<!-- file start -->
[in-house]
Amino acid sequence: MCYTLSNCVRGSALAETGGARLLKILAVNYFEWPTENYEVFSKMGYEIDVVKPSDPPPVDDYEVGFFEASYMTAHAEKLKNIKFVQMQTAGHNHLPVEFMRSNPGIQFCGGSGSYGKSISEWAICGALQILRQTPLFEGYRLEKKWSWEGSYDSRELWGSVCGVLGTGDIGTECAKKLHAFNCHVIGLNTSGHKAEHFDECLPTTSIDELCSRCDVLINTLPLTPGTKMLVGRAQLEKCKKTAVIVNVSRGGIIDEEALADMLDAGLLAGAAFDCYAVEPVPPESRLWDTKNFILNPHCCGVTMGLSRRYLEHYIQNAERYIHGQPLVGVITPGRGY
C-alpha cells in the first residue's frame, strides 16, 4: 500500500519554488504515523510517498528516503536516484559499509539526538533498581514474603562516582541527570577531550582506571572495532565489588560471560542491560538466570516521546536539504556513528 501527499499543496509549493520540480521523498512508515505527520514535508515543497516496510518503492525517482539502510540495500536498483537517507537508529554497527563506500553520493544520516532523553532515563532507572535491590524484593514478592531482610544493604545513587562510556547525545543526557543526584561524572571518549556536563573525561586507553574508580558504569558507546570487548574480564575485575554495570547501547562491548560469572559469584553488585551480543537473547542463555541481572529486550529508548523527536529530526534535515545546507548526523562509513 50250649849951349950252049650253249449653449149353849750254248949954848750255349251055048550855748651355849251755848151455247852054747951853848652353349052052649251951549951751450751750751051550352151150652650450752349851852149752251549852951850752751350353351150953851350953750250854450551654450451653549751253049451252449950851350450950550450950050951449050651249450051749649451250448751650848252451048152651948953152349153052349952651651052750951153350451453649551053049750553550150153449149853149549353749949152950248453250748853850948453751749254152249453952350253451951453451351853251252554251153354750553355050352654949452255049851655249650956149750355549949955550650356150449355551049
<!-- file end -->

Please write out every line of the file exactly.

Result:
[in-house]
Amino acid sequence: MCYTLSNCVRGSALAETGGARLLKILAVNYFEWPTENYEVFSKMGYEIDVVKPSDPPPVDDYEVGFFEASYMTAHAEKLKNIKFVQMQTAGHNHLPVEFMRSNPGIQFCGGSGSYGKSISEWAICGALQILRQTPLFEGYRLEKKWSWEGSYDSRELWGSVCGVLGTGDIGTECAKKLHAFNCHVIGLNTSGHKAEHFDECLPTTSIDELCSRCDVLINTLPLTPGTKMLVGRAQLEKCKKTAVIVNVSRGGIIDEEALADMLDAGLLAGAAFDCYAVEPVPPESRLWDTKNFILNPHCCGVTMGLSRRYLEHYIQNAERYIHGQPLVGVITPGRGY
C-alpha cells in the first residue's frame, strides 16, 4: 500500500519554488504515523510517498528516503536516484559499509539526538533498581514474603562516582541527570577531550582506571572495532565489588560471560542491560538466570516521546536539504556513528 501527499499543496509549493520540480521523498512508515505527520514535508515543497516496510518503492525517482539502510540495500536498483537517507537508529554497527563506500553520493544520516532523553532515563532507572535491590524484593514478592531482610544493604545513587562510556547525545543526557543526584561524572571518549556536563573525561586507553574508580558504569558507546570487548574480564575485575554495570547501547562491548560469572559469584553488585551480543537473547542463555541481572529486550529508548523527536529530526534535515545546507548526523562509513 50250649849951349950252049650253249449653449149353849750254248949954848750255349251055048550855748651355849251755848151455247852054747951853848652353349052052649251951549951751450751750751051550352151150652650450752349851852149752251549852951850752751350353351150953851350953750250854450551654450451653549751253049451252449950851350450950550450950050951449050651249450051749649451250448751650848252451048152651948953152349153052349952651651052750951153350451453649551053049750553550150153449149853149549353749949152950248453250748853850948453751749254152249453952350253451951453451351853251252554251153354750553355050352654949452255049851655249650956149750355549949955550650356150449355551049